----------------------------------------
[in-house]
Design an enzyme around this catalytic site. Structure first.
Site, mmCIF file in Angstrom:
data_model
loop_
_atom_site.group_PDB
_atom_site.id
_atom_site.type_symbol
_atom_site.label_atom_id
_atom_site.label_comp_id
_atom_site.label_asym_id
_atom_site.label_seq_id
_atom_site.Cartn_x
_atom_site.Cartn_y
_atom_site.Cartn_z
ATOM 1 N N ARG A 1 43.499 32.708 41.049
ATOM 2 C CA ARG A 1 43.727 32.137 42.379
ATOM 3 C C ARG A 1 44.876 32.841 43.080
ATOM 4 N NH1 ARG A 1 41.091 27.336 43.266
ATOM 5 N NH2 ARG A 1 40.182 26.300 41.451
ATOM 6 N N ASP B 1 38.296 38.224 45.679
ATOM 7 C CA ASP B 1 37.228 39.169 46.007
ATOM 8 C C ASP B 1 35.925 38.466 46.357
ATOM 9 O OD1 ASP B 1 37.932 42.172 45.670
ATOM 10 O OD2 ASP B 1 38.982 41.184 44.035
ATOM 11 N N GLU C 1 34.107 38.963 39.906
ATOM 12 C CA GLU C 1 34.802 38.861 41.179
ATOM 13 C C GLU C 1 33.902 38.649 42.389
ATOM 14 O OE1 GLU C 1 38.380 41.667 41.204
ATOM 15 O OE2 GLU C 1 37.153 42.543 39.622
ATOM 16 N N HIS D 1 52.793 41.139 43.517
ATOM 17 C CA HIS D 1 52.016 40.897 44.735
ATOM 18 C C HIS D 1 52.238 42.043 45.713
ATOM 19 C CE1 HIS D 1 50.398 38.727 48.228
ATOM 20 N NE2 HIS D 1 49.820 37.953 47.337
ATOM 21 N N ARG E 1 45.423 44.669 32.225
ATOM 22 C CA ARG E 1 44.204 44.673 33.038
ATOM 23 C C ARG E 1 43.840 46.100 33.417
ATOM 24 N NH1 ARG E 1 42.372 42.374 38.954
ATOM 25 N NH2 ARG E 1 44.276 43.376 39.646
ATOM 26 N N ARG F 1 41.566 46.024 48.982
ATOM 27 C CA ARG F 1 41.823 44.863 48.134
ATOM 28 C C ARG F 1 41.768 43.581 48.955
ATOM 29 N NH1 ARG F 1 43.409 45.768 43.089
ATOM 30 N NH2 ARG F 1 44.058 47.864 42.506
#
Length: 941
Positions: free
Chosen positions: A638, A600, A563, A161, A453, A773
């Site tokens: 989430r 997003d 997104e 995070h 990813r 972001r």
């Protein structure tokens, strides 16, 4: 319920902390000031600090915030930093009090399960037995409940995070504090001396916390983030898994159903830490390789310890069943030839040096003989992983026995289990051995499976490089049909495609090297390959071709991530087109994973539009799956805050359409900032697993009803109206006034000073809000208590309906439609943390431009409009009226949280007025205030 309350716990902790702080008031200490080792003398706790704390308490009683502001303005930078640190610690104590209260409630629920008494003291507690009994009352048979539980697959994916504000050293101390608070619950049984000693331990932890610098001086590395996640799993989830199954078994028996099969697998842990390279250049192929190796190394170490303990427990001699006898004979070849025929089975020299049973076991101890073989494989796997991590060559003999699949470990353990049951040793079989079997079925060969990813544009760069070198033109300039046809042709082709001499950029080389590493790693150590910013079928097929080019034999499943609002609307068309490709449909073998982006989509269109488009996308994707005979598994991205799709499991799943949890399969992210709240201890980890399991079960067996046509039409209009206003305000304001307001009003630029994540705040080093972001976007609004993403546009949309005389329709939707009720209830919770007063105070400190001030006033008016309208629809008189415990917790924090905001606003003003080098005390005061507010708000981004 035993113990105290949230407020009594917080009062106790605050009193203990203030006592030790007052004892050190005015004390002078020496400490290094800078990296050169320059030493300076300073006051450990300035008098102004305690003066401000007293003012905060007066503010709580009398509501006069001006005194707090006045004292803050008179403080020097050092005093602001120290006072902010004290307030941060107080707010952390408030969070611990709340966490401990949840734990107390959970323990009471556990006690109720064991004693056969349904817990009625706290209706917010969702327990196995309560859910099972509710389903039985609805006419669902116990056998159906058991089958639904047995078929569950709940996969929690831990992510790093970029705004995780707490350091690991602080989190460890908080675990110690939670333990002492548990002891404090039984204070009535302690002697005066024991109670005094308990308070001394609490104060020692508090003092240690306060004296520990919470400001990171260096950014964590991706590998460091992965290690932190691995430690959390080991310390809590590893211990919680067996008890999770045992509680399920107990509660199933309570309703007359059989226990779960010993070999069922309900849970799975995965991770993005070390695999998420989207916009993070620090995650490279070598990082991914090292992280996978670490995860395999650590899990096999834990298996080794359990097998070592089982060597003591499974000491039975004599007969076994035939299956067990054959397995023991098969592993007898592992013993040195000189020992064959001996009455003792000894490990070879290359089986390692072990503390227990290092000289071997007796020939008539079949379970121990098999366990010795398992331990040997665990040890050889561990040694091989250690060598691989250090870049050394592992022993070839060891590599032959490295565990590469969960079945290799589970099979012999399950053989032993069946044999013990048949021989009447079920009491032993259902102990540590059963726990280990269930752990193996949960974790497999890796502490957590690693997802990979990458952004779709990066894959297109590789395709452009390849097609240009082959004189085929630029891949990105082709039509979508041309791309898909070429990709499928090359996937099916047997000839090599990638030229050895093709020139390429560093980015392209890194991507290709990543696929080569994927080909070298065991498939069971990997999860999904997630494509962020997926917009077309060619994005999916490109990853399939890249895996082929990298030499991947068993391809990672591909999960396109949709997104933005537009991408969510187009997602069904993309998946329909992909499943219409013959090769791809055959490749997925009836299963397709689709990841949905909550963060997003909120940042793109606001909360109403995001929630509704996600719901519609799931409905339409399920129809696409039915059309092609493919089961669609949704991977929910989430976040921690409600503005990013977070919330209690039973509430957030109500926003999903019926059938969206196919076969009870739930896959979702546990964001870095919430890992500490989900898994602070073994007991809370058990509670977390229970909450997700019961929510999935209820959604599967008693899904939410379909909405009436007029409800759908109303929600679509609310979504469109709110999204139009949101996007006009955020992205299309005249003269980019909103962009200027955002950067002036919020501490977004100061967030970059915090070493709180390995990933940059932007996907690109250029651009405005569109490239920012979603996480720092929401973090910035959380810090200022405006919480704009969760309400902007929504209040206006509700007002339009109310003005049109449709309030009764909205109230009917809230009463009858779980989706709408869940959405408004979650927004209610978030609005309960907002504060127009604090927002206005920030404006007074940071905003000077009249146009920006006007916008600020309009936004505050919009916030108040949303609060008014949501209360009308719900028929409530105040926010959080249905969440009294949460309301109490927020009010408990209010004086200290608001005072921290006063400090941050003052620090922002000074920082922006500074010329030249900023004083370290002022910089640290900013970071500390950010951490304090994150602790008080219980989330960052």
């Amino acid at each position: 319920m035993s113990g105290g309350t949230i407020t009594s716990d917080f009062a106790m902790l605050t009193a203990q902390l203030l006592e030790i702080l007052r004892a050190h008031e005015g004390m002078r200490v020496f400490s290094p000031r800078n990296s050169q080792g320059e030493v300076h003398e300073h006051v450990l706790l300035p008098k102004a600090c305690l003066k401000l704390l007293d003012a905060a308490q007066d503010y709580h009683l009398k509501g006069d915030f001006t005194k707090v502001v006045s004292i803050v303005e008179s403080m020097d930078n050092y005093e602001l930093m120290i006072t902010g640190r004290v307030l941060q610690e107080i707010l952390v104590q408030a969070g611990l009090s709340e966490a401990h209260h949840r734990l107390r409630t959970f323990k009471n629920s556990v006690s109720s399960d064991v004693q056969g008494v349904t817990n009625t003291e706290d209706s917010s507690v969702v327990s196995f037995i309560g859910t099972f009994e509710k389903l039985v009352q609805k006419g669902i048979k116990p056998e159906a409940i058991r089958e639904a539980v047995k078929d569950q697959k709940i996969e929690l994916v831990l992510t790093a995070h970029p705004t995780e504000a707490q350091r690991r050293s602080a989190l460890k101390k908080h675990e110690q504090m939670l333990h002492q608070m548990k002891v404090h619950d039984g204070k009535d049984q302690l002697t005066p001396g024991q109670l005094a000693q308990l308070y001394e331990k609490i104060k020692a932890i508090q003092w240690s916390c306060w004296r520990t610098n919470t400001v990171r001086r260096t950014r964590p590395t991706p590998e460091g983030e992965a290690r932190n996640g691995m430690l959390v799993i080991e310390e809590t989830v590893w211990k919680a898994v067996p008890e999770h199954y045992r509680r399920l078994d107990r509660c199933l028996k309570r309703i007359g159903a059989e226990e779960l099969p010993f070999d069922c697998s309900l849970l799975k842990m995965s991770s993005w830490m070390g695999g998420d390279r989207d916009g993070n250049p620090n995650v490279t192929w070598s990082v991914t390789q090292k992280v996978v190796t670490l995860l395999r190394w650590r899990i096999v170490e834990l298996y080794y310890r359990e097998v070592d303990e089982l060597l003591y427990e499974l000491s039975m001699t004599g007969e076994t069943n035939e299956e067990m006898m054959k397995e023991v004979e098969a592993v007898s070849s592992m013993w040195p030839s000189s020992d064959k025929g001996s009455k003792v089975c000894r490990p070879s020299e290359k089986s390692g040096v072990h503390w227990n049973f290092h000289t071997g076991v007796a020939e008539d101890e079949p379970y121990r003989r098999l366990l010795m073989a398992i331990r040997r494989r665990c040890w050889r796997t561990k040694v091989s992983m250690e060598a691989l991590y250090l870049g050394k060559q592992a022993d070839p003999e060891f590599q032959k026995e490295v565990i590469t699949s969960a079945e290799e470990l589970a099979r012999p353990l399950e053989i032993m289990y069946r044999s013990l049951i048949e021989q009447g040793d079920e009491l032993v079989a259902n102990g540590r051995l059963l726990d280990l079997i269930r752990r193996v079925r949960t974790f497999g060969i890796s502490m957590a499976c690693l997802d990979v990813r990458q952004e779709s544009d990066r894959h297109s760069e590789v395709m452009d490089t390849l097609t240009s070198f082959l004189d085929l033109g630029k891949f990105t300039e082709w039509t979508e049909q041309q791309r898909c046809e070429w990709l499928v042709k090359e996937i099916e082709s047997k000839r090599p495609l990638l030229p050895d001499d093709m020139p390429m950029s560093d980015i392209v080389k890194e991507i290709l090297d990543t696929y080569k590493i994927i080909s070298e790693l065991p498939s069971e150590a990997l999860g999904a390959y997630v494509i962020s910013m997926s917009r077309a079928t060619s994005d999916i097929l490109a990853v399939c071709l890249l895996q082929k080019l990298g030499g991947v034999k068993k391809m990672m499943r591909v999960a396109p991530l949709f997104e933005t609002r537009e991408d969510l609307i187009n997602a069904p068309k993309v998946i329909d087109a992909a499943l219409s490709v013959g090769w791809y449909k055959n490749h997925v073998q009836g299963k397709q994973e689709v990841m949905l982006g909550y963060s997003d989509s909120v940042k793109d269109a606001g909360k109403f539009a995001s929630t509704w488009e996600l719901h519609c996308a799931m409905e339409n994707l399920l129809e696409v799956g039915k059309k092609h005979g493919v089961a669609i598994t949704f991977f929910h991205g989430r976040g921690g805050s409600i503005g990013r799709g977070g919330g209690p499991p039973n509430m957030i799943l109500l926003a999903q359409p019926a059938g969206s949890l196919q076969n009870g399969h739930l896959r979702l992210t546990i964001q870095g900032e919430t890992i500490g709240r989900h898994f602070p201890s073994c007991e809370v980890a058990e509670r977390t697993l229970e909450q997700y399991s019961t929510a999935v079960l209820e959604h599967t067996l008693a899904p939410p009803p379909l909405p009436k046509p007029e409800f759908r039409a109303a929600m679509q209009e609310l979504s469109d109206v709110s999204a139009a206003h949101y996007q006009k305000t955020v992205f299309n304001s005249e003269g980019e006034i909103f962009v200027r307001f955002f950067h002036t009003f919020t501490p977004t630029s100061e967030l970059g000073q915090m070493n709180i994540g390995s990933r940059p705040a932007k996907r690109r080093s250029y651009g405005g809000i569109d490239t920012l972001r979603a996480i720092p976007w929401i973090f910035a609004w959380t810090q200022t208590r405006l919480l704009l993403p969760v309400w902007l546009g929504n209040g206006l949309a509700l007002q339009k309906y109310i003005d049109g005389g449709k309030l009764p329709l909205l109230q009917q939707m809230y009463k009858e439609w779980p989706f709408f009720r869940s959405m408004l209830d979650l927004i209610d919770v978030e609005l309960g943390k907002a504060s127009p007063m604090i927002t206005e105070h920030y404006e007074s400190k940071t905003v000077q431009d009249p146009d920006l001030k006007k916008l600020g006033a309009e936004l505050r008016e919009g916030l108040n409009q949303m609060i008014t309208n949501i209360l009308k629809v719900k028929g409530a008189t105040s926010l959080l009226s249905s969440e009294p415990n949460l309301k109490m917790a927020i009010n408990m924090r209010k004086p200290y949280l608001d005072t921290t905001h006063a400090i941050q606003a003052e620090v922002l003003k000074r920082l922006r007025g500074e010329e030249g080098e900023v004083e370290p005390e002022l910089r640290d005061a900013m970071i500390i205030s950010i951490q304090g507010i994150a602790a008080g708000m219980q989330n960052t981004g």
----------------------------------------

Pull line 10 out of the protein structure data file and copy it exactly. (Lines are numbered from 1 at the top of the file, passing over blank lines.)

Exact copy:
_atom_site.label_comp_id